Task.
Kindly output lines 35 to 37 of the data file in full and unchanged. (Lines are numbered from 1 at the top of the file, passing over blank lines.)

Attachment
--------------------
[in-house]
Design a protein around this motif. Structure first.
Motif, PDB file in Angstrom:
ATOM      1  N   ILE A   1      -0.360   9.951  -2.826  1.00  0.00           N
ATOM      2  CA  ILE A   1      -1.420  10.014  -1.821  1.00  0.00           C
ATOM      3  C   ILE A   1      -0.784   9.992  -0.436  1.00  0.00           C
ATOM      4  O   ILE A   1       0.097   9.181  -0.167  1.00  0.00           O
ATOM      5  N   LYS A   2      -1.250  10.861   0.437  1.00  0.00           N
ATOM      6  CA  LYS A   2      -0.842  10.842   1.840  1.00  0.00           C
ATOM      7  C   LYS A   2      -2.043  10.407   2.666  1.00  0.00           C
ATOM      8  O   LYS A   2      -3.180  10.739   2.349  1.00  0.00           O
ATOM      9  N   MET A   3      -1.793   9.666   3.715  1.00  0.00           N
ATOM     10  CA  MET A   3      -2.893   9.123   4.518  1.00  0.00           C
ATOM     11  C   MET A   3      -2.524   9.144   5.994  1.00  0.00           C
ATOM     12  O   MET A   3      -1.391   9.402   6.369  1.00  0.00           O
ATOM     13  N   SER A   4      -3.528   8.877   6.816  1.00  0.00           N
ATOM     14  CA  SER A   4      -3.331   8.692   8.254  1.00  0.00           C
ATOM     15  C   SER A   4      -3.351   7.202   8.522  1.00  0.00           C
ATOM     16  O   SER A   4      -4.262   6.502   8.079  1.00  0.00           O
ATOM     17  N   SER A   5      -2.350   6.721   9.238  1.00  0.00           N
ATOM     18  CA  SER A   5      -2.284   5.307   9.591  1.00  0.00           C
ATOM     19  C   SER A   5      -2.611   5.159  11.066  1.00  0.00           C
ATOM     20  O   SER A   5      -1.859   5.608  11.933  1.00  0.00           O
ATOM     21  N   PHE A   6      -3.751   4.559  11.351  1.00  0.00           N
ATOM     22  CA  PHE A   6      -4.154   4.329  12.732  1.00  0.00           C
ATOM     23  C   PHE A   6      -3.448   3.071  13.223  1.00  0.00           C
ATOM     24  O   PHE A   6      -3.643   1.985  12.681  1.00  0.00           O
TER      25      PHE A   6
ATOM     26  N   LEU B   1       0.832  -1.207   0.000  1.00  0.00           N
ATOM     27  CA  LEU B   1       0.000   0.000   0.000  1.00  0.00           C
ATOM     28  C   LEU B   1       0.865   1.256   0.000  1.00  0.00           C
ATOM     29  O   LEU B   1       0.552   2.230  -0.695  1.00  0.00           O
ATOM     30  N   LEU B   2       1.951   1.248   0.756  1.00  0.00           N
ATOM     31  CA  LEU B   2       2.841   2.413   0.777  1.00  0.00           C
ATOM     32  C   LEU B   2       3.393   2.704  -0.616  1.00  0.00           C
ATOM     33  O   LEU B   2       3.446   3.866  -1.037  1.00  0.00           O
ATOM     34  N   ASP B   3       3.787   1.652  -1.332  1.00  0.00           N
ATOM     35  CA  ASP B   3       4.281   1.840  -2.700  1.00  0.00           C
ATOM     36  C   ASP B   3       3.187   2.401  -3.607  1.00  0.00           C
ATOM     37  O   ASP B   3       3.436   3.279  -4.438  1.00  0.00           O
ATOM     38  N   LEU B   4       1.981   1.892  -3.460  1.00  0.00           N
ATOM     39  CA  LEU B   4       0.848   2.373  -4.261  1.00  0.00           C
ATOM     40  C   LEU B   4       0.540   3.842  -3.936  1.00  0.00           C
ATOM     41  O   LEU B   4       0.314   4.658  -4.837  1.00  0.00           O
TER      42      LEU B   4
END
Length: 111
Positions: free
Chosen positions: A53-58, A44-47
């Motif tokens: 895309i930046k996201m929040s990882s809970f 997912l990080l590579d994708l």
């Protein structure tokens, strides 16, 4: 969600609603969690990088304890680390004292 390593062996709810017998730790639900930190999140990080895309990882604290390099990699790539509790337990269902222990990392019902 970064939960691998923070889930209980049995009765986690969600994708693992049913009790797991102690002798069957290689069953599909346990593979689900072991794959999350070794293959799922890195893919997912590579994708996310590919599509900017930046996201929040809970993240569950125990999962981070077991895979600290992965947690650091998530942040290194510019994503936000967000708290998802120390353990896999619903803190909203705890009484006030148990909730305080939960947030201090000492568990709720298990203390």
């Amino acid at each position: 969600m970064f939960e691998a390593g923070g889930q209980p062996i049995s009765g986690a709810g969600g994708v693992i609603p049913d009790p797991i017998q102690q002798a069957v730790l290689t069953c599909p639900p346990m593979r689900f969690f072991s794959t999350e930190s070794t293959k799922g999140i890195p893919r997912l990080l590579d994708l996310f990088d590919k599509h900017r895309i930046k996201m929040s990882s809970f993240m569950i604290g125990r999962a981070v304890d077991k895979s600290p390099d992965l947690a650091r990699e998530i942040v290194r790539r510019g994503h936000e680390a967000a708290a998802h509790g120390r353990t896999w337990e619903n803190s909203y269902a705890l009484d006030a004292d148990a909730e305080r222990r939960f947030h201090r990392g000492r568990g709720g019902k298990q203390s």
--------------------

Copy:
ATOM     32  C   LEU B   2       3.393   2.704  -0.616  1.00  0.00           C
ATOM     33  O   LEU B   2       3.446   3.866  -1.037  1.00  0.00           O
ATOM     34  N   ASP B   3       3.787   1.652  -1.332  1.00  0.00           N